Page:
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The TODAY meteorologist's first stop: the mile-long Baengyong Cave. Dreyer started out by changing into a protective climbing suit and helmet, complete with a headlight. "Now this is the outfit I was looking for," she quipped, gearing up at the tour headquarters. Then she took a boat ride through crystal-clear waters to arrive at the mouth of the cave.
Baengyong is a limestone cave that draws visitors all year. "(The name) means white dragon. And there's a bat on the door, so why not?" she said, as the tour guide held open a gate to usher her inside.
Though the journey included some close quarters and a "tight" squeeze to get inside the inner chambers, the other side of the cave was breathtaking: natural stalactites covered the ceiling and walls of the cave.
"Shortly after entering the cave, we realized this is not for the faint of heart," she said. "I'm trying to ignore the fact that I'm standing underneath a mountain right now."
But the real surprise came when her guide informed her that there were 56 different types of animals in the caves around them ... including bats.
"So there are bats in here right now?" asked Dreyer.
"I saw 10 of them while we were walking in," her guide replied. "Isn't it cute? Come closer and take a look."
Despite assurances that the bats don't bite or attack humans, Dreyer decided it was time to book it out of there.
Next stop: the Pyeongchang Trout Festival, which takes place every winter and is held only minutes away from the site of the Olympic Games, in Jinbu-myeon.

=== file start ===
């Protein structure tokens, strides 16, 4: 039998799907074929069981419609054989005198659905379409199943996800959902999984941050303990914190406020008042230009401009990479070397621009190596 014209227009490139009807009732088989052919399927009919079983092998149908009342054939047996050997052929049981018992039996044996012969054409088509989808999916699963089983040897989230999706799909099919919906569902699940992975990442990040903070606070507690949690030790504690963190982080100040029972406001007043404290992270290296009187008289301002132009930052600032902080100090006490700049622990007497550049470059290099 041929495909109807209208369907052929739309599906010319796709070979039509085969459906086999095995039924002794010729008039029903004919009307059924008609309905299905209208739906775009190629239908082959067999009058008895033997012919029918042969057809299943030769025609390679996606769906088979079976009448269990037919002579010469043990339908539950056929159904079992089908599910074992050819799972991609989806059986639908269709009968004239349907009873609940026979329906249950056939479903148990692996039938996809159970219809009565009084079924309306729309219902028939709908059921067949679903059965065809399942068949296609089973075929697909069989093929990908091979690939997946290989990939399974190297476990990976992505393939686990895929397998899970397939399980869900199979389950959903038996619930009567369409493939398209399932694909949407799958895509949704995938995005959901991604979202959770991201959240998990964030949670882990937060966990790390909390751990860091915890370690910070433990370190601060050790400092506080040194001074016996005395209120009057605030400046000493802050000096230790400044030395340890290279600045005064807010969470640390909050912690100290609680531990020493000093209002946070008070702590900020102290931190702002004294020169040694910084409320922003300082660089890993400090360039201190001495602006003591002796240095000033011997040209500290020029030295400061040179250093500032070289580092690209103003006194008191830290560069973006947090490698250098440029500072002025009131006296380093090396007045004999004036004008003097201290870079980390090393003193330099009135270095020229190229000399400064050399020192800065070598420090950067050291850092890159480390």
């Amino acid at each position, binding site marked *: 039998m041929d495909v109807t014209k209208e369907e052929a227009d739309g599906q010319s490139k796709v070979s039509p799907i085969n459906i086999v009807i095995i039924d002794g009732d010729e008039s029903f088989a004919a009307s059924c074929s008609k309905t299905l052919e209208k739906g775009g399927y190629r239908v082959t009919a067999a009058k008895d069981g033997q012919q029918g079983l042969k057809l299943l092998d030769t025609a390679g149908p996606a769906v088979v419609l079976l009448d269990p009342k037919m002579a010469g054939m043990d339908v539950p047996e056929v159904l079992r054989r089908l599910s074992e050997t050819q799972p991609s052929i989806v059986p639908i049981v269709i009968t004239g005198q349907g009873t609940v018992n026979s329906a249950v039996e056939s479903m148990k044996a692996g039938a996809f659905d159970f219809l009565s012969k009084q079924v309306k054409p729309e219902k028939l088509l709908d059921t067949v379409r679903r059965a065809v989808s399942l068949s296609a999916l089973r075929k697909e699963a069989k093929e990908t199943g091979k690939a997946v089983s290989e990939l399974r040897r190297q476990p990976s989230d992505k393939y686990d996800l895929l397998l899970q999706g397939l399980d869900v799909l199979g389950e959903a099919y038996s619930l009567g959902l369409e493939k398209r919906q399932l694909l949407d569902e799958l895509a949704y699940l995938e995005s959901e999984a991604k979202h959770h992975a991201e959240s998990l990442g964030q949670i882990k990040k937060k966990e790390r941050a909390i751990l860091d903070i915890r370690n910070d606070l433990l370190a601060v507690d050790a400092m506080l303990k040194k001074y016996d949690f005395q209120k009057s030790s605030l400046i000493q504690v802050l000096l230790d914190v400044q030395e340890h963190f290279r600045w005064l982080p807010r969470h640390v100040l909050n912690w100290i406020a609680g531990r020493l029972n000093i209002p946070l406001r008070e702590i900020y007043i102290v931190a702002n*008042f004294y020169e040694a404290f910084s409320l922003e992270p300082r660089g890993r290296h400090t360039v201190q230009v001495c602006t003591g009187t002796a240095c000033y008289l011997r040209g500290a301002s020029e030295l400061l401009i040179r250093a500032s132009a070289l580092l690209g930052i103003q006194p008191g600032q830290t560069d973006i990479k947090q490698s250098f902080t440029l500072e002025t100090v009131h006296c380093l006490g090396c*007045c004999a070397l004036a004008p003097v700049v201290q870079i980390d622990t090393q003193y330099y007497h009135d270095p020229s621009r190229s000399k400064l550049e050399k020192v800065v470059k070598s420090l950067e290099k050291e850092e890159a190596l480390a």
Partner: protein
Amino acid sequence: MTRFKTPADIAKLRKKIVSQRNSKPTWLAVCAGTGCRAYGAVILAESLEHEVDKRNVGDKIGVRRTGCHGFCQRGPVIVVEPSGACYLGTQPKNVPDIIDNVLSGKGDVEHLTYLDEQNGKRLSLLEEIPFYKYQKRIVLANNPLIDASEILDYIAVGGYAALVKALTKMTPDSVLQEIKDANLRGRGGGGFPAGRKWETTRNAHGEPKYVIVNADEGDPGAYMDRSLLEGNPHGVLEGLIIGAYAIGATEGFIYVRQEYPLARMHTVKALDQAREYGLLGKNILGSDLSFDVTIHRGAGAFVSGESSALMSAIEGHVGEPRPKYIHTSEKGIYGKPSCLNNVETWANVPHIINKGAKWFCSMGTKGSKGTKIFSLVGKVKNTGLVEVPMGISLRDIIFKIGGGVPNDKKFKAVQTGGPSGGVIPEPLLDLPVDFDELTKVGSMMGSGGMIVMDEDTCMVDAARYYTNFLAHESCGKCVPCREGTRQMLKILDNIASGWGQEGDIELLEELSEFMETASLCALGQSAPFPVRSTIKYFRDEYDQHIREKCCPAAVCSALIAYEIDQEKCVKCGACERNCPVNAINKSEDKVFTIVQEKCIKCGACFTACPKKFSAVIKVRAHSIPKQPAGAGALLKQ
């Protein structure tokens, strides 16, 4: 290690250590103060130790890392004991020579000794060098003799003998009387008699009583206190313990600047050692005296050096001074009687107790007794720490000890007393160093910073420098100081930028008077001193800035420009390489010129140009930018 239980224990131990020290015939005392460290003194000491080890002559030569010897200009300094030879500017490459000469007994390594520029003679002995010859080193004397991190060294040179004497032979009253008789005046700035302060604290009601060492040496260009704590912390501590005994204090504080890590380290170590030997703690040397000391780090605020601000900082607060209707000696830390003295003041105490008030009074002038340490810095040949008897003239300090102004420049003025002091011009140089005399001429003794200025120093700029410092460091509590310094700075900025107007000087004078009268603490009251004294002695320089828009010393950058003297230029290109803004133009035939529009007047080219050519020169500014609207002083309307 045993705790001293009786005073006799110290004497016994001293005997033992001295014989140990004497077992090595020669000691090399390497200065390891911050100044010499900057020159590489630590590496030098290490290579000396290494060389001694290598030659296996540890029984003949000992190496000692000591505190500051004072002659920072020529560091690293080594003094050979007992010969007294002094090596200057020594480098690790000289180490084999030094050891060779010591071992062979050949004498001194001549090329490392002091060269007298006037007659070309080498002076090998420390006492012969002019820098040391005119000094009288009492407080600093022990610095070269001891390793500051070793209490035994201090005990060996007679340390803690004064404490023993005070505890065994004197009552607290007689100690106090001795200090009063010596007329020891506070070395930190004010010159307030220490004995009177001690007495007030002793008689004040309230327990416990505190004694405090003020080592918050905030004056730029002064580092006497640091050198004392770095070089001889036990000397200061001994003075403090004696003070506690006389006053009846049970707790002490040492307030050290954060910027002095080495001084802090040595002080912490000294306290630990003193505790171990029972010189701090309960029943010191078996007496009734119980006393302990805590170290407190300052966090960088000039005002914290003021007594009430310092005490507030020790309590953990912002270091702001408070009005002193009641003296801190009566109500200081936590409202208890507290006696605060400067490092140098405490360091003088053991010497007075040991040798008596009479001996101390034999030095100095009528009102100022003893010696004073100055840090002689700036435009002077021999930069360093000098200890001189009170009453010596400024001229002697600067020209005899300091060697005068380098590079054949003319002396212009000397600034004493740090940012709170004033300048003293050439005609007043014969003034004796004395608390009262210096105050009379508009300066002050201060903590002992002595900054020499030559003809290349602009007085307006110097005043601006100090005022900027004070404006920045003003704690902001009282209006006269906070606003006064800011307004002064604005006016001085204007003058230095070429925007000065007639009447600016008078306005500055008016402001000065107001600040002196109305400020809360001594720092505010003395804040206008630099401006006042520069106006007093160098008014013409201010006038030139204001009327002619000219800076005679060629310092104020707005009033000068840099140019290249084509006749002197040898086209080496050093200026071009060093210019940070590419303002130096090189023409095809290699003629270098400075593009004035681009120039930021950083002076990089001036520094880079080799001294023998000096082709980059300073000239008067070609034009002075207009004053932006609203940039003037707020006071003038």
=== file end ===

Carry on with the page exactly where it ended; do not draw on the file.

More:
Dreyer talked to locals as they ice-fished on the river – young and old alike – for trout. One young woman told her it's a tradition that has no age limits. "Korean families just enjoy fishing together with their families or friends." In the winter, she said, it feels even more special.
Dreyer took a stab at it with some help from locals. "I got dinner!" she exclaimed, holding up a foot-long trout.
In her last big adventure, she dangled from a zip line 40 feet in the air to cross an inlet in the Sea of Japan – something she wasn't completely sold on at first.
"I am very nervous," Dreyer said, once she was suited up with a harness and carabiner. "This is a big drop."
Just before she was given the final nudge, Dreyer wailed, "I don't want to!" She insisted they give her a push. Once she took off though, the beautiful green bay brought a blissful smile to her face.
It turns out you don't have to be an Olympian to experience Pyeongchang in an extreme way after all!